PHP and Security

PHP and Security:

In today’s world most of the web applications and sites are developed using PHP. PHP is more popular among other web programming language and easy to learn too. PHP provides a wide variety of security features. Since every programmer or developer cannot modify the server files of apache or .htaccess files security gets low and vulnerability are increased. But PHP provides various security features that prevent any unwanted or spamming or hacking activities form your personal web application or site.

There are several methods for making the applications secure create through PHP and are as follows.

SQL Injection

In this case someone enters an SQL fragment as a value in your URL or web form. This can be avoiding by suspicious of any input you accept from a user. PDO prepared statement can be the efficient method to prevent this sort because prepared statement separate the data from the instructions moreover it prevents data from being treated as anything other than data.

XSS (Cross site Scripting)

The essence of any attack is the injection of code (usually javaScript code but it can be any client-side code) into the output of your PHP script. This action is possible when you display input that was sent to you, such as would do with a forum posting for example. The attacker may post javaScript code in his message that does unspeakable things to your site.

Source code Revelation

We all know that PHP is server side – you can’t just do a view source to see a script’s code. But if something happens to Apache and all of a sudden your scripts are served as plain text, people see source code they were never meant to see. Some of that code might list accessible configuration files or have sensitive information like database credentials.

The solution centers around how you set up the directory structure for your application. That is, it isn’t so much a problem that bad people can see some code, it’s what code they can see if sensitive files are kept in a public directory. Keep important files out of the publicly-accessible directory to avoid the consequences of this blunder.

Remote File Inclusion

Suppose you have a situation where your site at www.example.com .com includes the library www.goodpeople.com/script.php. One night, www.goodpeople.com is compromised and the contents of the file is replaced with evil code that will trash your application. Then someone visits your site, you pull in the updated code, and Bam! So how do you stop it?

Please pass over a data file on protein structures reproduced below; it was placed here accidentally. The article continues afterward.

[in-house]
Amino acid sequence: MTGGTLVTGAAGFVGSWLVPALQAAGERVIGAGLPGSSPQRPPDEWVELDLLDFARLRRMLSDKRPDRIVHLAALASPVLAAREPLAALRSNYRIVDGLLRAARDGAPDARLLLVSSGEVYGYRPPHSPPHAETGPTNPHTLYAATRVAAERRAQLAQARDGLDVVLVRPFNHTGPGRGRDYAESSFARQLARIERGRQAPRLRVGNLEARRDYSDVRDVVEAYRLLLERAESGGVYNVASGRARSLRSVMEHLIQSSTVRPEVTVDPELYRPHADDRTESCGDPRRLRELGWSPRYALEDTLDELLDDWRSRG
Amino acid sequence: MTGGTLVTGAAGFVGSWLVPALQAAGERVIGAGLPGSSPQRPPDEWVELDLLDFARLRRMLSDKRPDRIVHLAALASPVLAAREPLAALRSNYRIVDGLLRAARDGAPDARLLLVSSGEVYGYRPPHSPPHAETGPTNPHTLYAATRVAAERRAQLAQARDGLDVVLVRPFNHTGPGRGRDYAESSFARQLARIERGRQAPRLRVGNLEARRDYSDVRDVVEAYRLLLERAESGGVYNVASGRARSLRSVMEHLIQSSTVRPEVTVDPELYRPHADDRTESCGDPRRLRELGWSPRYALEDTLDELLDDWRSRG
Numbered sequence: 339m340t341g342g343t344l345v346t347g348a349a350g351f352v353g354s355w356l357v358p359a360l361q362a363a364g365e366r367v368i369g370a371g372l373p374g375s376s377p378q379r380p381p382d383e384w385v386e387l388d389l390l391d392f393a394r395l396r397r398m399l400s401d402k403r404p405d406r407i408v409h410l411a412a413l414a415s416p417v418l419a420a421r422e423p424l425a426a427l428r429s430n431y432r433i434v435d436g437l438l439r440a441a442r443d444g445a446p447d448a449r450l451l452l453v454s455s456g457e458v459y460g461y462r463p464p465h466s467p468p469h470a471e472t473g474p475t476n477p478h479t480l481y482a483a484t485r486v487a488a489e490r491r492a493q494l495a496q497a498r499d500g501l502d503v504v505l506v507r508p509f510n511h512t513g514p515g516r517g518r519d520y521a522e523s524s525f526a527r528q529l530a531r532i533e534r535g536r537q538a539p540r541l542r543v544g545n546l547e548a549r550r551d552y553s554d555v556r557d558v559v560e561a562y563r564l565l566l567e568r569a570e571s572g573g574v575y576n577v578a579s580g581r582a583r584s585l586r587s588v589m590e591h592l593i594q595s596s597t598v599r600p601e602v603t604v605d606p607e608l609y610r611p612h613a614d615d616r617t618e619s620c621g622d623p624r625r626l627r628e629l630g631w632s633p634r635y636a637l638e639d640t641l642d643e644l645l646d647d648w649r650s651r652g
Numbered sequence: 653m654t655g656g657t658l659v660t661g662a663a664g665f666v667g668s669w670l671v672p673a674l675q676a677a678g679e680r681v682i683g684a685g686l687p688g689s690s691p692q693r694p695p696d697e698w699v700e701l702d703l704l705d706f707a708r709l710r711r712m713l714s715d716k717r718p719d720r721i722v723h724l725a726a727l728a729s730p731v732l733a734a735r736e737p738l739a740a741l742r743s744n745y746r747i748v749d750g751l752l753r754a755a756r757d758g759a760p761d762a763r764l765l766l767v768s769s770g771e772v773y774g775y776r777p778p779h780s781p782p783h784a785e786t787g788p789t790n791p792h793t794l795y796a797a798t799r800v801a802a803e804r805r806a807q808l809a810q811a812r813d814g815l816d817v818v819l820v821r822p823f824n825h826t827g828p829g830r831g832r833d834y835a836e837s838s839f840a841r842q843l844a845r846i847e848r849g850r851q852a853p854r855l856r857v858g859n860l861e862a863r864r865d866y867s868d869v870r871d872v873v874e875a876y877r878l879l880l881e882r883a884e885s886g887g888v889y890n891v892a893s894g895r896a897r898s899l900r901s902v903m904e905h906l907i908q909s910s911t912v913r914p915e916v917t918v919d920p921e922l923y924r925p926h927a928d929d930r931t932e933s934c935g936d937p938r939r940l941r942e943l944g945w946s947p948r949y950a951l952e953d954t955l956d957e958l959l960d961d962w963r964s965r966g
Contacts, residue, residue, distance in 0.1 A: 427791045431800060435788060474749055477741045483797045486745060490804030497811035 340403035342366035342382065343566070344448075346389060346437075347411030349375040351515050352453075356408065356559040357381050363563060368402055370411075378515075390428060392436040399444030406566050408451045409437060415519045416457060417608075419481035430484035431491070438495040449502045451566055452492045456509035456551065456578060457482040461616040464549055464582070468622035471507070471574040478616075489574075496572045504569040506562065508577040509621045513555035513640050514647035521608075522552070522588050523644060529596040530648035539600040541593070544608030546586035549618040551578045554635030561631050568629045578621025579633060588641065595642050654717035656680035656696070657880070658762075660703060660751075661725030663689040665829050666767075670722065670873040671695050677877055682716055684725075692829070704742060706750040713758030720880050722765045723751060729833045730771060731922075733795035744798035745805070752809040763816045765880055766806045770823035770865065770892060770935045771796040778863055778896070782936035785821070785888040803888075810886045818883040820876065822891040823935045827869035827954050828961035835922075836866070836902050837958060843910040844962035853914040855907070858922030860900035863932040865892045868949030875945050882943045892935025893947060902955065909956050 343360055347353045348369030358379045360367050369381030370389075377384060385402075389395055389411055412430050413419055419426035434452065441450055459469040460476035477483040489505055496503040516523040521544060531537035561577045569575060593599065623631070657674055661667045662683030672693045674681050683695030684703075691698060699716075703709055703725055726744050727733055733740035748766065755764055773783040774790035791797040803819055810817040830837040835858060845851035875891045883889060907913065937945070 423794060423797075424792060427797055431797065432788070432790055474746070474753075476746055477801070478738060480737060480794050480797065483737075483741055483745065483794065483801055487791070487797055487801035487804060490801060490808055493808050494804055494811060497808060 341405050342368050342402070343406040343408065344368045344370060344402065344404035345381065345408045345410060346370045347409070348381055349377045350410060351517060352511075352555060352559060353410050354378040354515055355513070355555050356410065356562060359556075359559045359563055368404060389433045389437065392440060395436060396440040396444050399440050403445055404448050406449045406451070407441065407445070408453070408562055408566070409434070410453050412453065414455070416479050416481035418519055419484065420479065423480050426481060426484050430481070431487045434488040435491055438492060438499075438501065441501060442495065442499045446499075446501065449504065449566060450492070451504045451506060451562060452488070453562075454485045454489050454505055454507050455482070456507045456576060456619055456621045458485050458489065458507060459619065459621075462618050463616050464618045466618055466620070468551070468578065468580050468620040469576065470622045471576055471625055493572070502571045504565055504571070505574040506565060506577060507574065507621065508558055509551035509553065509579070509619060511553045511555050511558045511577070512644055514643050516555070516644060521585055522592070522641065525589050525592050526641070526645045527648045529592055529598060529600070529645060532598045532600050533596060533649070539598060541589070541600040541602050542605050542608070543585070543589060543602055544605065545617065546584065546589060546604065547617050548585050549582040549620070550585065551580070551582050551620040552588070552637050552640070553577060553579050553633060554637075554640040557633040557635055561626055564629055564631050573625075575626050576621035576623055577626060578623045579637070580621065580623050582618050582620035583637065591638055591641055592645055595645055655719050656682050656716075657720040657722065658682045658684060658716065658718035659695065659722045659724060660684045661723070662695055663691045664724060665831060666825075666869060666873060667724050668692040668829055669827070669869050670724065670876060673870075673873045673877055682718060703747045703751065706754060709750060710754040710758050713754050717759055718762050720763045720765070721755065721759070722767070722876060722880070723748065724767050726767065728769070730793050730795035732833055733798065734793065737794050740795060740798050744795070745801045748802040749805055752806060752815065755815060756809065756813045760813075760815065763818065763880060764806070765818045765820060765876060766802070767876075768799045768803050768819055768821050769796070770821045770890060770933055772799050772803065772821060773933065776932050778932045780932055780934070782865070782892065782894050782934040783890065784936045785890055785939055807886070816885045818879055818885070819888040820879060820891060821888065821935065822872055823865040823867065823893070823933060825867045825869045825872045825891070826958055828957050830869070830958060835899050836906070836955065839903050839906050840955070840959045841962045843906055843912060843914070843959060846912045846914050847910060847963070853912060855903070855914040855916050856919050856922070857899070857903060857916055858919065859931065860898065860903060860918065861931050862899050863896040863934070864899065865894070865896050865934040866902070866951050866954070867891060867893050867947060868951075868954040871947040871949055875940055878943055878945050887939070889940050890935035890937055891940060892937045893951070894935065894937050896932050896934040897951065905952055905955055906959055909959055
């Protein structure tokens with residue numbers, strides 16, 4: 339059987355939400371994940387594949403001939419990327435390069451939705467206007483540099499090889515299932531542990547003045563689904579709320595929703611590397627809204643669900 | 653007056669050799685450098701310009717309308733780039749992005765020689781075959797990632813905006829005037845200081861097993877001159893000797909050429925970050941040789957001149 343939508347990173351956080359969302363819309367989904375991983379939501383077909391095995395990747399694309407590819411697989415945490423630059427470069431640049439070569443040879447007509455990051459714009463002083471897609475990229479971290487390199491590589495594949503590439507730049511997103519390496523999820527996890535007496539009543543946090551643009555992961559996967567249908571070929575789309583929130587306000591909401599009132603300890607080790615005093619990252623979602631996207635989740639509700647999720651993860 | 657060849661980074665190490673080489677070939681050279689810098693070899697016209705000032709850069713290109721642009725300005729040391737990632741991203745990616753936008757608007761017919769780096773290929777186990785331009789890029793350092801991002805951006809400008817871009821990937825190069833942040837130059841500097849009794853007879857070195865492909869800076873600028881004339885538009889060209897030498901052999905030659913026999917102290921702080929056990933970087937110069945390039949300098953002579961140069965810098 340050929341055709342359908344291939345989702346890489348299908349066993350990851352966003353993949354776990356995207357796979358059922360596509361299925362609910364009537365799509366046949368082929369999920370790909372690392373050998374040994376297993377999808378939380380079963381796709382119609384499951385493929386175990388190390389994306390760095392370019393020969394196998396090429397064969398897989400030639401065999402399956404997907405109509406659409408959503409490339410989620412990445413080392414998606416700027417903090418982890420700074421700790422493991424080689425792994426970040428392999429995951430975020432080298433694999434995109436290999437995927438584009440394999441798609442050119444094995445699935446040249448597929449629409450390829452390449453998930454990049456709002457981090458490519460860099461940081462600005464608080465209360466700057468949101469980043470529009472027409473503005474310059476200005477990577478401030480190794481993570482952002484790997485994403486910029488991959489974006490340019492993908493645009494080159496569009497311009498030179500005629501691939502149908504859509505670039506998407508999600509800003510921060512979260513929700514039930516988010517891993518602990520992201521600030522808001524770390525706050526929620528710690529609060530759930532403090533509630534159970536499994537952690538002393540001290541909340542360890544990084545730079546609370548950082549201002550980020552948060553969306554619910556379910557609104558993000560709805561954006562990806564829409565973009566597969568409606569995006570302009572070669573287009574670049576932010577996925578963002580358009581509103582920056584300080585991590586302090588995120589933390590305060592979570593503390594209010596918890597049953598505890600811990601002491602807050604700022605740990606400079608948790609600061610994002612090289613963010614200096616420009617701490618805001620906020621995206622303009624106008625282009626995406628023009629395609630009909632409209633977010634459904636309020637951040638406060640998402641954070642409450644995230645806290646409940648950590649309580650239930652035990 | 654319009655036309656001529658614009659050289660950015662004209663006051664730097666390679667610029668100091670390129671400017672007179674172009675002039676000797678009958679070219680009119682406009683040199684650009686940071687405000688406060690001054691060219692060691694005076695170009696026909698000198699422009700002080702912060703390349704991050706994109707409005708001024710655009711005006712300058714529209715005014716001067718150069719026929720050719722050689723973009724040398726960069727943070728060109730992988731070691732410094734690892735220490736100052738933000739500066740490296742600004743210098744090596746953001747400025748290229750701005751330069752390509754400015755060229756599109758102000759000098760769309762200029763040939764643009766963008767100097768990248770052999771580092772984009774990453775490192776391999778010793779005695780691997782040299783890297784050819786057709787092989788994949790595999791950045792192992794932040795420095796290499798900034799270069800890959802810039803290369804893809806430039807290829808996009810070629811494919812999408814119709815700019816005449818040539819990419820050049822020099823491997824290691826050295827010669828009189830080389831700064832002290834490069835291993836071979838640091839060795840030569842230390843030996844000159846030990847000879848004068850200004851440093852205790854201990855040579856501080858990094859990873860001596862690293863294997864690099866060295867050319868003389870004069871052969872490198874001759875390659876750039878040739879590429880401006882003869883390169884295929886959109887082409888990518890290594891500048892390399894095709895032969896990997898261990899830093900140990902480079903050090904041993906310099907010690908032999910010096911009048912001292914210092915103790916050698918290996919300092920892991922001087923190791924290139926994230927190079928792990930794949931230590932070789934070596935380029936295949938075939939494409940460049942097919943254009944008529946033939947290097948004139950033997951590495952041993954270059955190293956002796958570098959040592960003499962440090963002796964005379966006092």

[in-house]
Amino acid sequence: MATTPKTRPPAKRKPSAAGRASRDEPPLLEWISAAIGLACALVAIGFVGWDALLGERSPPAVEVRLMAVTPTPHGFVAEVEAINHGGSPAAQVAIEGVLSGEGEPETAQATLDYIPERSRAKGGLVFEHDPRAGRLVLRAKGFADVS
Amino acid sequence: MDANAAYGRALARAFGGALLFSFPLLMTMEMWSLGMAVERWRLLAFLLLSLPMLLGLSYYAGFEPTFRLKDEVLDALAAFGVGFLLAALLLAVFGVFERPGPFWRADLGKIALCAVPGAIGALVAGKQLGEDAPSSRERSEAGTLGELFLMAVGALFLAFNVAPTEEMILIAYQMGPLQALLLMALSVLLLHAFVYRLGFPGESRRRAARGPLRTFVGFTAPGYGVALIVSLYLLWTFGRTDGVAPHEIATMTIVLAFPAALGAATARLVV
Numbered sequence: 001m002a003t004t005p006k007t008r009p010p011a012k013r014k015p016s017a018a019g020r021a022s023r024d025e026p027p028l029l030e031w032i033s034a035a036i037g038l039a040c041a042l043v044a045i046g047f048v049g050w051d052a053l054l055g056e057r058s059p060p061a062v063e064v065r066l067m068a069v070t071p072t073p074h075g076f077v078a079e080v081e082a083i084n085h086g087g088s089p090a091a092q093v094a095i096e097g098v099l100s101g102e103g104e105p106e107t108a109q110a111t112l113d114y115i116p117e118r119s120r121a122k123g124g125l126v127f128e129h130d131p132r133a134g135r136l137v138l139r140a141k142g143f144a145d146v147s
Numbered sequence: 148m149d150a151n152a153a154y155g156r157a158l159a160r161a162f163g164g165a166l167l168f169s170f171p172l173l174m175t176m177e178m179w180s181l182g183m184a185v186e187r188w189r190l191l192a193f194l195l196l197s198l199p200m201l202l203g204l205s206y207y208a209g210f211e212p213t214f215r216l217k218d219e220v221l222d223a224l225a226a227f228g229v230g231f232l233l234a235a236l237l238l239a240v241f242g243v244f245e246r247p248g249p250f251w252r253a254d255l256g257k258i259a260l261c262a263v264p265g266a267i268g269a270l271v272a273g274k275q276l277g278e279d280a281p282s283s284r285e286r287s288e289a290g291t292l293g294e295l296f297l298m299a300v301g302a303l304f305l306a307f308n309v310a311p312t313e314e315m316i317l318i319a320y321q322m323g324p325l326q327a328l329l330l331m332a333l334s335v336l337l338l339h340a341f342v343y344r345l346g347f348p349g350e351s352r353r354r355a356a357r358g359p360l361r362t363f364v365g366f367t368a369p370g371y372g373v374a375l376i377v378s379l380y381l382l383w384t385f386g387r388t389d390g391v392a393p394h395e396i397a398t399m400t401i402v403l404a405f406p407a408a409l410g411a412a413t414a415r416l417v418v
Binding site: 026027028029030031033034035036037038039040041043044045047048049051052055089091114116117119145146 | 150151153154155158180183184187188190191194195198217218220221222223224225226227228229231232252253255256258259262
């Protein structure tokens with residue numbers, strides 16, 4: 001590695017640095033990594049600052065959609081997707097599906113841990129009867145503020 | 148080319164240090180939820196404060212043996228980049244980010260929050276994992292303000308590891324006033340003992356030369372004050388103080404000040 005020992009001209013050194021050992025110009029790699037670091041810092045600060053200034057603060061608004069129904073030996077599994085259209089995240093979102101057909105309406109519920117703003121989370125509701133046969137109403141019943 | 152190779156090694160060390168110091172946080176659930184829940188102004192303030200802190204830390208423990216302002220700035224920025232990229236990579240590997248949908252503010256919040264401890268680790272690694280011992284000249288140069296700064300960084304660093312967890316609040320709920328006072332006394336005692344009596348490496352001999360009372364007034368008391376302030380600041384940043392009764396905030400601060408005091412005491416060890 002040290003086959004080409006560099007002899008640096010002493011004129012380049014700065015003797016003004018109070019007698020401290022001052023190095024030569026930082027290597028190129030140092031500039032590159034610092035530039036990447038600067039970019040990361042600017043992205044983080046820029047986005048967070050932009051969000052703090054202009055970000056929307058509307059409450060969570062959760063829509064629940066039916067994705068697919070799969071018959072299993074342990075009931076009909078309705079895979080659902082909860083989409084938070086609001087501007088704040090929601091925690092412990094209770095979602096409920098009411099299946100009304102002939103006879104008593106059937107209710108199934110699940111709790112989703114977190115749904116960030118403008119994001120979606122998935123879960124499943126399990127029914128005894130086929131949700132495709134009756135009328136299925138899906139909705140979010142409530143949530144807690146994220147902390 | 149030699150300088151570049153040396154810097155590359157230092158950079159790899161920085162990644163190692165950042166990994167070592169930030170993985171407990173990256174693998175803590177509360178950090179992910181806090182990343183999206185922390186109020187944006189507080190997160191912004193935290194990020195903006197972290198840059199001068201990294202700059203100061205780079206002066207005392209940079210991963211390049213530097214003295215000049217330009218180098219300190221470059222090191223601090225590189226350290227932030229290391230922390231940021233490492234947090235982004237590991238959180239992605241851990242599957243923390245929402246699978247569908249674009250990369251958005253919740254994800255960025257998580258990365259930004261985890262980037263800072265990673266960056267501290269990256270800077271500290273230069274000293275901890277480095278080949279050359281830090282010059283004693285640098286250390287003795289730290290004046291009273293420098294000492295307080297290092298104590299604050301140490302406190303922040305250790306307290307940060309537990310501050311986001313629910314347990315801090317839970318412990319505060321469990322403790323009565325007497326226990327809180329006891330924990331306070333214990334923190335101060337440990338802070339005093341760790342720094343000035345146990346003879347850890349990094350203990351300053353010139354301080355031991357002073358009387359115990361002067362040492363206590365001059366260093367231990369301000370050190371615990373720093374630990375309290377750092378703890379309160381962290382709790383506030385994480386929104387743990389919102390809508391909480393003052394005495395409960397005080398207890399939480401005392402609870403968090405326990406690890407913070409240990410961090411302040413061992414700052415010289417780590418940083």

Fortunately, fixing this is relatively simple. All you have to do is go to your php.ini and check the settings on these flags.

  1. allow_url_fopen – indicates whether external files can be included. The default is to set this to ‘on’ but you want to turn this off.
  2. allow_url_include – indicates whether the include(), require(),include_once(), and require_once() functions can reference remote files. The default sets this off, and setting allow_url_fopen off forces this off too.

 

Session Hijacking

If someone steals a session key, is that bad? And the answer is: if you aren’t doing anything important in that session then the answer is no. But if you are using that session to authenticate a user, then it would allow some vile person to sign on and get into things. This is particularly bad if the user is important and has a lot of authority.

So how do people steal these session IDs and what can decent, God-fearing folk like us do about it?

Session IDs are commonly stolen via a XSS attack, so preventing those is a good thing that yields double benefits. It’s also important to change the session ID as often as is practical. This reduces your theft window. From within PHP you can run thesession_regenerate_id() function to change the session ID and notify the client.

For those using PHP5.2 and above (you are, aren’t you?), there is a php.ini setting that will prevent JavaScript from being given access to the session id (session.cookie.httponly). Or, you can use the functionsession_set_cookie_parms().

Session IDs can also be vulnerable server-side if you’re using shared hosting services which store session information in globally accessible directories, like /tmp. You can block the problem simply by storing your session ID in a spot that only your scripts can access, either on disk or in a database.

Cross Site Request Forgery

Cross Site Request Forgery (CSRF), also known as the Brett Maverick, or Shawn Spencer, Gambit, involves tricking a rather unwitting user into issuing a request that is, shall we say, not in his best interest

Directory Traversal

There are a few ways to protect against this attack. The first is to wish really, really hard that it won’t happen to you. Sometimes wishing on fairies and unicorns will help. Sometimes it doesn’t. The second is to define what pages can be returned for a given request using whitelisting. Another option is to convert file paths to absolute paths and make sure they’re referencing files in allowed directories.